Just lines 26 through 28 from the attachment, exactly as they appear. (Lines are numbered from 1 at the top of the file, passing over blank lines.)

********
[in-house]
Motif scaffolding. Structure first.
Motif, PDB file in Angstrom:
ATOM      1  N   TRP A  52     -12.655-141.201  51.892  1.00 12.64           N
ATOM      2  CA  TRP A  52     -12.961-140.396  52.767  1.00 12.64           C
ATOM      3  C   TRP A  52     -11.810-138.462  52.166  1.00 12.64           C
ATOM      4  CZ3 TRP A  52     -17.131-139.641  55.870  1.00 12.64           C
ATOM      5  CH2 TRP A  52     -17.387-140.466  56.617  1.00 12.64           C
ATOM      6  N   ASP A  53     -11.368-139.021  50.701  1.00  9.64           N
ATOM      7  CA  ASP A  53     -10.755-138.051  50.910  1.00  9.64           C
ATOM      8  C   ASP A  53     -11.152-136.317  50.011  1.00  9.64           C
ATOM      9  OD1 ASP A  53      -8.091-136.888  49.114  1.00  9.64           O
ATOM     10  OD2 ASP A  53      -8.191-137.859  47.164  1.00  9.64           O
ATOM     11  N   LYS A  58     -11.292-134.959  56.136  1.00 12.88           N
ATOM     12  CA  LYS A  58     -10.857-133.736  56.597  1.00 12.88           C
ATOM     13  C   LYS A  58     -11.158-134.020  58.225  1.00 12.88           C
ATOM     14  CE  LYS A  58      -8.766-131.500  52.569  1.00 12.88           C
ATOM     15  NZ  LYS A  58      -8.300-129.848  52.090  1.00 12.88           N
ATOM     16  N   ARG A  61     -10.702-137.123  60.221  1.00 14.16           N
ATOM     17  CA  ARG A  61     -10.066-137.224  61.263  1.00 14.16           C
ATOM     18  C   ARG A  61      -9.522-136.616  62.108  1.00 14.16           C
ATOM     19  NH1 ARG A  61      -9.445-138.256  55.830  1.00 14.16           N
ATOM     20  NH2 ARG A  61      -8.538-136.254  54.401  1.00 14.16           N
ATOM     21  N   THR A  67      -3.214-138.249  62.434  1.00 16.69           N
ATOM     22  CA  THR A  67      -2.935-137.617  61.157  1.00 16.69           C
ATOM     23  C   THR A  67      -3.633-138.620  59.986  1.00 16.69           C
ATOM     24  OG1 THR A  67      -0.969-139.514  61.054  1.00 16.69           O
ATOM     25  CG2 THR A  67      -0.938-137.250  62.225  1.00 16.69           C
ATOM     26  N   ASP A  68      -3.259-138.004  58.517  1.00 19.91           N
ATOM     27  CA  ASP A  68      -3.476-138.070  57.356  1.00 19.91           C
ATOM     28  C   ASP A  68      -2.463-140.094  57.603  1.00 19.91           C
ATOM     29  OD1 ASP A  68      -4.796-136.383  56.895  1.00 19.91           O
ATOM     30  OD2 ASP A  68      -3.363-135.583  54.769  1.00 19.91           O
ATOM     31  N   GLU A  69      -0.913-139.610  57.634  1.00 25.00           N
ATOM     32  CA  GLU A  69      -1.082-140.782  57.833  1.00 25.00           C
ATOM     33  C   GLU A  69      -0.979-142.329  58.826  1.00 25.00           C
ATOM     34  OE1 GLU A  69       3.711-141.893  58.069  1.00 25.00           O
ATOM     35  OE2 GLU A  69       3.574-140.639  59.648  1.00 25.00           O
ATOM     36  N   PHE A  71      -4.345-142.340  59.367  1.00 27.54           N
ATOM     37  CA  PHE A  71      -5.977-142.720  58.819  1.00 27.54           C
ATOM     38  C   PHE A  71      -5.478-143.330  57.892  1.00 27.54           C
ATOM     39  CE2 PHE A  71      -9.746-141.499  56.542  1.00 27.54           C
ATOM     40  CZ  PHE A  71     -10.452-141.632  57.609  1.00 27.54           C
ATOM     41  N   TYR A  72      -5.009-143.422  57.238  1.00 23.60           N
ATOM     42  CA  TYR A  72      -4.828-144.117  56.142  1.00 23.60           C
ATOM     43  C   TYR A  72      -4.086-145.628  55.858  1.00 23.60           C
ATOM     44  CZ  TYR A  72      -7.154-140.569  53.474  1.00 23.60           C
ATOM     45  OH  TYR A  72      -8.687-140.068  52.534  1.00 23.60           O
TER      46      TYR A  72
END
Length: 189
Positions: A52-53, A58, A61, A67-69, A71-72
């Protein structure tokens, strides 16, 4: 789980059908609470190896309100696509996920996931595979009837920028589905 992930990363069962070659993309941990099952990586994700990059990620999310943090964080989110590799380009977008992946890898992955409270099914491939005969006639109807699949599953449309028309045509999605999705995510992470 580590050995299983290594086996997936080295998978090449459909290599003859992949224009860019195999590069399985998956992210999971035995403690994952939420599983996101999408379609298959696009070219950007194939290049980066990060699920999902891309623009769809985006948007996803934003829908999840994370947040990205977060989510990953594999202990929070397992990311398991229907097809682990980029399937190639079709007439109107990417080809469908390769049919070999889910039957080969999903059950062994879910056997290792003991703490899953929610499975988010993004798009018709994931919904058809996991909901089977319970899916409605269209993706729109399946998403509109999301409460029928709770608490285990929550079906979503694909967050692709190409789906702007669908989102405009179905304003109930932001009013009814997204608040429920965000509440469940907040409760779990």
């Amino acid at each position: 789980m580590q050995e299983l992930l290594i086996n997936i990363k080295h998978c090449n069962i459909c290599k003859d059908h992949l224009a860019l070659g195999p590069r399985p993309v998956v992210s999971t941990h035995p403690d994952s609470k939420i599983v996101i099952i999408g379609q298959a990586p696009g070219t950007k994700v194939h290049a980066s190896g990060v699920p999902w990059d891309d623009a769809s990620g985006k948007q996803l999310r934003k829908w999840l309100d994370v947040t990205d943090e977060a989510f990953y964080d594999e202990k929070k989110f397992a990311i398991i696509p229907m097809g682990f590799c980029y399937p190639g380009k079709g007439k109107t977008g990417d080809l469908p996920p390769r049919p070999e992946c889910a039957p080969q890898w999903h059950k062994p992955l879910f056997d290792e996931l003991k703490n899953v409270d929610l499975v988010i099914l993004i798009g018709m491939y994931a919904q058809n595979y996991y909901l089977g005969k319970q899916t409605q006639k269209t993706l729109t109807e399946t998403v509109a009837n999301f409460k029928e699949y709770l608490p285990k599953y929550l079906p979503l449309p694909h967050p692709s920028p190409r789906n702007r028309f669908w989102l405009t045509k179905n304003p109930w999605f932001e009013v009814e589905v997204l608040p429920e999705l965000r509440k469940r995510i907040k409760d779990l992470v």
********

ATOM     23  C   THR A  67      -3.633-138.620  59.986  1.00 16.69           C
ATOM     24  OG1 THR A  67      -0.969-139.514  61.054  1.00 16.69           O
ATOM     25  CG2 THR A  67      -0.938-137.250  62.225  1.00 16.69           C